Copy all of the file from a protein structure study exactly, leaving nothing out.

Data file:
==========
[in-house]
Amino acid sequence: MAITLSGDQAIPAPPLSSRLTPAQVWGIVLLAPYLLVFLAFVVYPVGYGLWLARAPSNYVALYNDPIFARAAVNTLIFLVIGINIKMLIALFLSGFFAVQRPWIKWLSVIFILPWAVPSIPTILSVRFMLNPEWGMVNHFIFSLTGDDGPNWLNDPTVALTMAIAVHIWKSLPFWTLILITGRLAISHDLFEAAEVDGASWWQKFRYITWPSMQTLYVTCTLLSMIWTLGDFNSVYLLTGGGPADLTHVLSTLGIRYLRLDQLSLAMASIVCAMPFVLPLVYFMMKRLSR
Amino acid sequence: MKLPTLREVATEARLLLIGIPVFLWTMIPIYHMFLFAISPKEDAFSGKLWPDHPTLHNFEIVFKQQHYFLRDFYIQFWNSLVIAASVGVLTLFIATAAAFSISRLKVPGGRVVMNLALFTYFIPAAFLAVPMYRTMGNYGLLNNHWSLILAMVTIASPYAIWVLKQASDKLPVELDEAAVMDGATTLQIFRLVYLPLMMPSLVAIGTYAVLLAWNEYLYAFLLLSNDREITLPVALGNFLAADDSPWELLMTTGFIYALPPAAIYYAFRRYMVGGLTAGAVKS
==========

[in-house]
Amino acid sequence: MAITLSGDQAIPAPPLSSRLTPAQVWGIVLLAPYLLVFLAFVVYPVGYGLWLARAPSNYVALYNDPIFARAAVNTLIFLVIGINIKMLIALFLSGFFAVQRPWIKWLSVIFILPWAVPSIPTILSVRFMLNPEWGMVNHFIFSLTGDDGPNWLNDPTVALTMAIAVHIWKSLPFWTLILITGRLAISHDLFEAAEVDGASWWQKFRYITWPSMQTLYVTCTLLSMIWTLGDFNSVYLLTGGGPADLTHVLSTLGIRYLRLDQLSLAMASIVCAMPFVLPLVYFMMKRLSR
Amino acid sequence: MKLPTLREVATEARLLLIGIPVFLWTMIPIYHMFLFAISPKEDAFSGKLWPDHPTLHNFEIVFKQQHYFLRDFYIQFWNSLVIAASVGVLTLFIATAAAFSISRLKVPGGRVVMNLALFTYFIPAAFLAVPMYRTMGNYGLLNNHWSLILAMVTIASPYAIWVLKQASDKLPVELDEAAVMDGATTLQIFRLVYLPLMMPSLVAIGTYAVLLAWNEYLYAFLLLSNDREITLPVALGNFLAADDSPWELLMTTGFIYALPPAAIYYAFRRYMVGGLTAGAVKS